“You guys have to understand this, but this is the way I am. I have no regrets. The only thing that I regret is in that video blog when I used the F word. That’s the only thing throughout the 12 years of running the UFC. The way I came off in that thing, people still think I’m some kind of homophobe, and I’m not. That still bothers me. As far as the gay and lesbian community, my comments were not directed toward them. I have no problem with the gay and lesbian community. I’m actually a supporter of many of their issues. The last thing that I would ever want anybody to think about me, or think is cool, is to go out and attack somebody because of their sexual orientation. That was not my intention. That’s not the way I said it. I apologize for anybody that I’ve offended or hurt. That’s the only thing throughout the 12 years of running the UFC. The way I came off in that thing, people still think I’m some kind of homophobe, and I’m not. That still bothers me.”
Last night on FUEL TV, UFC president Dana White, talked about a variety of topics, but as the interview with Ariel Helwani came to a close, the UFC boss talked about his one and only regret since running the UFC.
To check out the full video interview as well as a written recap of what Dana discussed turn the page below and have at it.
UFC President Dana White on what he’s proud of: “There are a lot of things I’m really proud of. We’ve revolutionized the fight business. We’ve done things in the fight business that nobody has ever done in the history of combat sports, including health insurance for fighters. We’re tweaking and fixing things. It seems like every way you turn, someone is waiting for you to fail. I tell you what: they’ll be waiting a long time for this one to fail.”
White on the challenges of the FOX television deal: “It doesn’t matter what year it is or what relationship it is, there’s always challenges with your business. I like it. I like the fact that we have to change things up. We have to figure things out that we didn’t realize in the beginning. It’s been interesting but fun. I told you when we got into this FOX deal, the next two years were going to be critical, and I’m having fun.”
White on the biggest lesson learned from the FOX deal so far: “I don’t think there’ve been any lessons. I think we’re learning how to work with each other. This is a different deal for FOX than they’ve ever been in before. We control the production and we’re on three different networks – FUEL TV, FX and big FOX. So there are a lot of things that we needed to tweak, but we’re in a really good place right now. I’m feeling really good at the end of the year.
White on dealing with fans through the changes this year: “I’ve been hearing these things for 12 years. I’m actually one of these guys who listens to the fans. I talk to them on Twitter and on The Underground. Some fans have great ideas and some are complete morons. Sometimes you hear some good feedback and other times you hear stupid things. When you start critiquing stuff like music, stupid stuff like that, go start your own MMA organization.”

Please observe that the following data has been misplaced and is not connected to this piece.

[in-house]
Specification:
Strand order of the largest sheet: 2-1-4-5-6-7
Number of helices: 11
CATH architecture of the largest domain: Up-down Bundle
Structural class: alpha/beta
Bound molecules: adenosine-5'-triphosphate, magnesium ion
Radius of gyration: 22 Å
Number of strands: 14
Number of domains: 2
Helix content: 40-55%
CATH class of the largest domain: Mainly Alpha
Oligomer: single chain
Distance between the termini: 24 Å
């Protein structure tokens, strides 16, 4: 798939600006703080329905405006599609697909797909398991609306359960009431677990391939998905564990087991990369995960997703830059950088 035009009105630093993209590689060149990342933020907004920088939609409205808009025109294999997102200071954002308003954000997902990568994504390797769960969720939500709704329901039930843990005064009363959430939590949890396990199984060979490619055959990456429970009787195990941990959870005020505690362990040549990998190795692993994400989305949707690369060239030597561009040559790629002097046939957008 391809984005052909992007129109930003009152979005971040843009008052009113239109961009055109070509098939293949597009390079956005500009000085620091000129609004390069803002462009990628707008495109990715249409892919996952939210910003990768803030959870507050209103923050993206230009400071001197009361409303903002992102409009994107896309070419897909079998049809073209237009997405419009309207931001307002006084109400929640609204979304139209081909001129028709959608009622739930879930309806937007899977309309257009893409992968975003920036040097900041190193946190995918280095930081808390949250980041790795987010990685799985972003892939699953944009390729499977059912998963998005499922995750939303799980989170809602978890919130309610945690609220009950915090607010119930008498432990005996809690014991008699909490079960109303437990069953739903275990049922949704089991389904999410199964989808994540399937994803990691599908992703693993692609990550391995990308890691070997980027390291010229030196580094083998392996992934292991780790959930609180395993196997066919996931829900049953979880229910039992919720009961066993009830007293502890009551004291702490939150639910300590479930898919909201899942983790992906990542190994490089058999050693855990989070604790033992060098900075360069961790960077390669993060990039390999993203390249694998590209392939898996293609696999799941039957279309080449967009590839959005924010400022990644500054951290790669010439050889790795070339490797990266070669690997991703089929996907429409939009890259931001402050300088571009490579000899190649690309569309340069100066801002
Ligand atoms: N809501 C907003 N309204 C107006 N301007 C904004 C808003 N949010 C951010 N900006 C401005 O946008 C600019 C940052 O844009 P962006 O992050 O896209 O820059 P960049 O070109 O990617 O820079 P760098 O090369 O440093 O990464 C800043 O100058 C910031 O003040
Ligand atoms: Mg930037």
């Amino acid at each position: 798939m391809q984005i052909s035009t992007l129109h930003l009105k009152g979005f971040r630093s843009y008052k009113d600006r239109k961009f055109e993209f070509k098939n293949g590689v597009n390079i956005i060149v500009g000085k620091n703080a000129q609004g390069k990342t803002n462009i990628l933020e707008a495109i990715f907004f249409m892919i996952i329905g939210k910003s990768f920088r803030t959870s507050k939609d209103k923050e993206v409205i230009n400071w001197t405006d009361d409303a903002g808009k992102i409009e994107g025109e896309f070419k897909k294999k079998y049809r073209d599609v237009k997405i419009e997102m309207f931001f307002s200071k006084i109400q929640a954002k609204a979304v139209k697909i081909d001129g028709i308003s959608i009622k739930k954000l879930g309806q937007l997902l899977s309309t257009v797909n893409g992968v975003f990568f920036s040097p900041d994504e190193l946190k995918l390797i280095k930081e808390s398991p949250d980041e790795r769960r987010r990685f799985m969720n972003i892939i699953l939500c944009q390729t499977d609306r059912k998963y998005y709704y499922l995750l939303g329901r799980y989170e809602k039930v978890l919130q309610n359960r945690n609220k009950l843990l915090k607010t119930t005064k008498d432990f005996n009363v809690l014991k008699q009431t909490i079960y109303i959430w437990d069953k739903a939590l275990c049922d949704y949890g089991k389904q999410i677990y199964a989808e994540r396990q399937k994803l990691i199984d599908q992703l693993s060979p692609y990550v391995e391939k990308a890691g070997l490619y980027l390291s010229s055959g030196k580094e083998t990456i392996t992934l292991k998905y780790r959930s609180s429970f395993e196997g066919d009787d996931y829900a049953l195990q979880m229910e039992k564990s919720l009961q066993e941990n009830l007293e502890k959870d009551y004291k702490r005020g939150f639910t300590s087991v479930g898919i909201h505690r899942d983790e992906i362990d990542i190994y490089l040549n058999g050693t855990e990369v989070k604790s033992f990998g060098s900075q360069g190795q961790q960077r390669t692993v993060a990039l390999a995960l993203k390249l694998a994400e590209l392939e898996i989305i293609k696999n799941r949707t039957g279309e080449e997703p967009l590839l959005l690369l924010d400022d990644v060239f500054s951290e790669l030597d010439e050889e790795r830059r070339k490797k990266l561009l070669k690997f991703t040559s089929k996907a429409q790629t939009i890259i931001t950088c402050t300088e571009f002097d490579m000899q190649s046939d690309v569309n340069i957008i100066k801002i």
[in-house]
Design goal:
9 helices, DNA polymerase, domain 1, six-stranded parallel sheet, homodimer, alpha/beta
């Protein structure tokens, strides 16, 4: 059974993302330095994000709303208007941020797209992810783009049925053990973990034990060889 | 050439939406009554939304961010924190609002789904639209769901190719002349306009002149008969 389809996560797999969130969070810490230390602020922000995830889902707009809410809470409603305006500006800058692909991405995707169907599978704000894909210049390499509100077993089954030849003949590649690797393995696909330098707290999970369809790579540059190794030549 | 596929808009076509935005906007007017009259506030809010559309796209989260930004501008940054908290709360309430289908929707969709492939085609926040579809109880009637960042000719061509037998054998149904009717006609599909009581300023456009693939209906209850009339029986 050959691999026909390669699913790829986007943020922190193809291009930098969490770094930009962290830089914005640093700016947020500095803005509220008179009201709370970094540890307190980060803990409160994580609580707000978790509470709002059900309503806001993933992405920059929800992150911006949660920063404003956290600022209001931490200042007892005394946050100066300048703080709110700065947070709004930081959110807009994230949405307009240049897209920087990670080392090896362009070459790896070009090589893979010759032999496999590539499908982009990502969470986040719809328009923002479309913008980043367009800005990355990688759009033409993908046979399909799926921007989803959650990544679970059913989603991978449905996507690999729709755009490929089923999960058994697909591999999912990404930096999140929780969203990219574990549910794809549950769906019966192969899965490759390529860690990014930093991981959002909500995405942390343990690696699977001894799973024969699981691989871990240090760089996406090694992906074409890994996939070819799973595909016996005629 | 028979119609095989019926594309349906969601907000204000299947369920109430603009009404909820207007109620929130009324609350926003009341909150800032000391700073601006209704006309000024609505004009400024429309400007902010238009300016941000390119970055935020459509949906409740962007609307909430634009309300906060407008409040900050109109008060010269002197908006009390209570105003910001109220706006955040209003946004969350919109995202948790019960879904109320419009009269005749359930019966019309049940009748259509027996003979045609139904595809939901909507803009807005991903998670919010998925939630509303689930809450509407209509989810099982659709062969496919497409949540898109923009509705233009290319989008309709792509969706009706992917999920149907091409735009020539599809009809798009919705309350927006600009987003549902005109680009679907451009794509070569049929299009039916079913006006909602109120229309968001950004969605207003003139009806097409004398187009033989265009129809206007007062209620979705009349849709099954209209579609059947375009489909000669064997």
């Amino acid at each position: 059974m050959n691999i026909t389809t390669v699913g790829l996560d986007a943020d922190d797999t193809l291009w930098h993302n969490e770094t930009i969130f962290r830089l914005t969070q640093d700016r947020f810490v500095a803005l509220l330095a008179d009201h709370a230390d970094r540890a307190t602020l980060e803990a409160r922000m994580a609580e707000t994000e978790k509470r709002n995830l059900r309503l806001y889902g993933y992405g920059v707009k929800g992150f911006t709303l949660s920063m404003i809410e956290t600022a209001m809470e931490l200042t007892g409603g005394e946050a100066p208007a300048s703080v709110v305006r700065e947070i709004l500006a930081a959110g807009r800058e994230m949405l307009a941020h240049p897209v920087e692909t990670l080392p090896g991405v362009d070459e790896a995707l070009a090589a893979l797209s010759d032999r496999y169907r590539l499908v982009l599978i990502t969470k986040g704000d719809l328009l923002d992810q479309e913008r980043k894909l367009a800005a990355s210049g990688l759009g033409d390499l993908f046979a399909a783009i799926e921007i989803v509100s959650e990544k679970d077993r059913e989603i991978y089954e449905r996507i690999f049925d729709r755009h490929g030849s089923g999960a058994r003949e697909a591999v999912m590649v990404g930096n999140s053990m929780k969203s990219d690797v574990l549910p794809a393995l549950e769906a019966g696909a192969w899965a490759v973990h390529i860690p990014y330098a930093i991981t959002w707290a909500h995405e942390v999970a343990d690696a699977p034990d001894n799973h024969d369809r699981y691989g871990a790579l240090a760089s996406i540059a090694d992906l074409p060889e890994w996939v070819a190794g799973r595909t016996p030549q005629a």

White on one the biggest fan complaint with the FOX deal: “One of the biggest complaints I got when we started this FOX deal was the NFL music. They all call it the FOX NFL music. It’s not the NFL music; it’s the FOX Sports music. So if you watch any sporting event on FOX, that’s the music they play. I like being on Fox Sports.”
White on upcoming changes with the FOX television deal: “There are a lot of the things we’re working on. Obviously we’re working on ‘The Ultimate Fighter.’ We gave it a shot doing ‘TUF Live.’ What we found out is people actually do like the reality and want to see more of what went on in the house that week, which is almost impossible to do leading up into a live fight. We’re bringing back ‘The Ultimate Fighter.’ ‘TUF Live’ isn’t dead. I’d like to give it another shot.”
White on if this is a crossroads season for “The Ultimate Fighter:” “No, it’s not a make or break year. There are some things that we all did wrong. And we need to fix them. It’s all part of running a business. The thing about us is we’re not afraid of taking risks. If we were, we wouldn’t be sitting here right now. This whole business has been a risk since day one.
White on his first appearance on TV from UFC 30: “That was the first time I had ever spoken on TV. Now I speak at the Bill Gates CEO Summit every year, and I speak at every single college. If you think of all the places I’ve spoken at, it’s crazy. Originally when we bought this thing, before we’d do a press conference, I’d be up for hours writing notes and studying everything that was going on. And a lot of people who were there will remember this one: When the UFC was getting licensed by the Nevada State Athletic Commission, we went before the commission and everything was all done, our lawyers were handling everything. That day one of the commissioners calls me up to the podium, and that wasn’t supposed to happen. I walk up to the podium and they ask me a question. Today, I don’t remember it, but I started to respond, ‘Zuffa, LLC is a …’ and I froze. And they had to get a dolly up there to take me back to the seat. Lorenzo asked me ‘What was that?’ and I completely froze. And that’s never happened again. I’m just saying over time you learn and you get more relaxed and you get better at what you do, and you get more crusty, too. I’m definitely a lot nastier than I used to be.”